Liars tell the truth about Hollywood dreams

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      In what will no doubt come as a shock to four out of five BrooklynVegan subscribers, Angus Andrew got to know Los Angeles long before relocating there with Liars in 2009.

      “When I was younger—I think it was in '97—I went to an art-school here in California called CalArts,” says the groggy but charming Australia-raised singer, on the line from his home in L.A.'s Highland Park neighbourhood. “It's just a little bit north of L.A., and I spent almost two years there. It certainly gave me a taste of what life in L.A. was.”

      It was at CalArts that Andrew would meet born-and-raised Californians Aaron Hemphill and Julian Gross, this connection turning him onto the idea of making music. Andrew and Hemphill would do just that, relocating to New York, forming Liars, and becoming key players in a much-hyped, new-millennium NYC explosion that also gave us the Strokes, Yeah Yeah Yeahs, and TV on the Radio.

      Flash forward a decade and Liars today have, arguably, proven the most consistently interesting of all those bands. Consider the way 2004's dementedly art-damaged They Were Wrong, So We Drowned (which found Gross behind the drum kit) abandoned the spastic dance punk that first made Liars with-a-bullet contenders in New York. Or how 2006's Drum's Not Dead played out like a user-unfriendly answer to PiL's percussion-powered oddity The Flowers of Romance.

      Liars' latest, Sisterworld, continues the dramatic shape-shifting. This time out, the ever-evolving unit pulled a true shocker by turning in its most accessible record to date. If, that is, your idea of accessible is the way that “Here Comes All the People” starts out all art-jazz angularity before exploding into a blaze of sawing strings. Or the way that “I Can Still See an Outside World” fuses L.A. art-core with DIY glitch electronica. Or the way that “Proud Evolution” updates the exhilarating tribal postpunk of '80s pioneers Shriekback.

      Sisterworld is also, in its own subversive way, the band's most surprising record. Even though Andrew spent the latter half of last decade living in Berlin, the perception of Liars is that they are still more Williamsburg than trucker hats and ironically worn '70s gym wear. Forget Brooklyn, though; Sisterworld is an atmosphere-drenched, creeped-out postcard to the city that Hollywood built.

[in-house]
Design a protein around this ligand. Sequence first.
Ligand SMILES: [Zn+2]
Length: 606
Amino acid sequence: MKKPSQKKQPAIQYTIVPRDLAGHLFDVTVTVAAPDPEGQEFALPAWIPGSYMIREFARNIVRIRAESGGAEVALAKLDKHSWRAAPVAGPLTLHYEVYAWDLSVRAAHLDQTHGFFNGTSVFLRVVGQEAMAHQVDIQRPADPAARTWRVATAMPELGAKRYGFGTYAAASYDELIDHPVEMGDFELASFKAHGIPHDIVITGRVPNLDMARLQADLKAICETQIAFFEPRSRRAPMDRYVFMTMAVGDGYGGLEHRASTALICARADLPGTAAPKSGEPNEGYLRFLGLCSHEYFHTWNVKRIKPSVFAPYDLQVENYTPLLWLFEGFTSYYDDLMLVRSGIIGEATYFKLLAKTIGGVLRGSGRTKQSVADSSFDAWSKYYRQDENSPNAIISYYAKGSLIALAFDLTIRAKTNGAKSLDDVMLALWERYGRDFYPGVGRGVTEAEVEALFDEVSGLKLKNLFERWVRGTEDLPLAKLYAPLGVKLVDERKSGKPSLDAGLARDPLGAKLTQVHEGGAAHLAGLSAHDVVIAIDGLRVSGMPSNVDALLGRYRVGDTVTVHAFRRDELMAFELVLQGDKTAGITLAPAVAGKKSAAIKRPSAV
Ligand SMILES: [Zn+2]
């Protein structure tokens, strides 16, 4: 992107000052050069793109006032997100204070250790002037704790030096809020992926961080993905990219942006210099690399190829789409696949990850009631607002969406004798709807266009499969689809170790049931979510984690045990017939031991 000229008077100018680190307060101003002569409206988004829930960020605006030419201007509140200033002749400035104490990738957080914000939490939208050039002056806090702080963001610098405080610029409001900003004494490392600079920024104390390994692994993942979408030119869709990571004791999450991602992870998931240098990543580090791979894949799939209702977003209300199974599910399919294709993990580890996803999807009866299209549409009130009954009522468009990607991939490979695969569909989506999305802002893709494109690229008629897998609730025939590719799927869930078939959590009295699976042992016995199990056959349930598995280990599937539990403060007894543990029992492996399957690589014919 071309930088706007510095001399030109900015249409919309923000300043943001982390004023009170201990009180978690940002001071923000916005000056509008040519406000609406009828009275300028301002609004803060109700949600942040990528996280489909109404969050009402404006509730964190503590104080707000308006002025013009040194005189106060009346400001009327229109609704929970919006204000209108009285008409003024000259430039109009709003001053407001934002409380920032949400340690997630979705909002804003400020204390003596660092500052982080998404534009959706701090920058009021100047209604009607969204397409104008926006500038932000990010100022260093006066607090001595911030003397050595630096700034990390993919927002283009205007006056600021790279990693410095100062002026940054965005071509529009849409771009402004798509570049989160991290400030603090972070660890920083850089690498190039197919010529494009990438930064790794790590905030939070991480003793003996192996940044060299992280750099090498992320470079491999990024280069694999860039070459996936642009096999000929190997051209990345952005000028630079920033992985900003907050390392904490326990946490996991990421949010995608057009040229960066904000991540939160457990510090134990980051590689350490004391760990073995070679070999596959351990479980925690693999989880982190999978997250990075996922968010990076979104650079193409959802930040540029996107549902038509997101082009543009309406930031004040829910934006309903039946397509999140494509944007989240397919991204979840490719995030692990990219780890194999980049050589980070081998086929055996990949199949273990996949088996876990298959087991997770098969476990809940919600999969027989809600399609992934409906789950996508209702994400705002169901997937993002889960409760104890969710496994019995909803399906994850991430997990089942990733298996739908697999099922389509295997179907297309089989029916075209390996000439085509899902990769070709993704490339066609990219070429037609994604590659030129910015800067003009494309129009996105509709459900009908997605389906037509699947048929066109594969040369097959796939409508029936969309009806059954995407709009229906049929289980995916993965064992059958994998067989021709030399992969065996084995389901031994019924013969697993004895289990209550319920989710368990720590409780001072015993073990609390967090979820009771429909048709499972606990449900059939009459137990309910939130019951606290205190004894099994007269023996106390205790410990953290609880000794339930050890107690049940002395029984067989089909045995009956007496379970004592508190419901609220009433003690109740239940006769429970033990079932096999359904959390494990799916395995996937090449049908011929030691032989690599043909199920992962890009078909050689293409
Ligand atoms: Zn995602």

“The imagery of Los Angeles that's propelled around the world is this kind of glamour or beauty, which is only a very small percentage of what goes on here,” Andrew says.

      Indeed, the album unfolds in the same spirit as David Lynch's Mulholland Dr. or Nathanael West's The Day of the Locust, both of which strip away the glitz and glitter of Hollywood to focus on the desperation and dashed dreams behind the faí§ade. Having been isolated in Berlin for the latter half of the last decade, Andrew arrived back in L.A. with a dream, only to find, like so many others before him, that dreams don't always come true.

      “One of the first songs I wrote didn't make it on the record because it was, for me, a little too literal,” he says. “It was about a person from out east coming to L.A., succumbing to the dream, the gold rush if you will. Dropping everything to try and make it out west. That idea really stuck with me. And I like that the idea still reverberates where you can come out to Hollywood and become a star. I like to think about how many people still migrate to Los Angeles in an attempt to fulfill their long-life dreams and obviously don't make it. There's a massive pool of rejected people, bigger than anywhere in the world.”

      That tension is all over Sisterworld, a record that suggests, a decade into things, Liars are only just getting started. What bodes well for the band's next album is that Andrew and company have decided to make L.A. their permanent home. And inspiration, as Sisterworld's piano-and-percussion-powered nightmare “Drip” proves, is often right in front of them.

      “I was working on that song in a studio space that's in a pretty rough area of town,” Andrew relates. “It was meant as a soundscape to capture the space that I was in. It was like a womb where, right outside my door, I could see people die. I could come inside the space, lock the doors, and feel comfortable.”

      Or, more accurately, as comfortable as one can feel in L.A.

      Liars play Venue on Friday (April 30).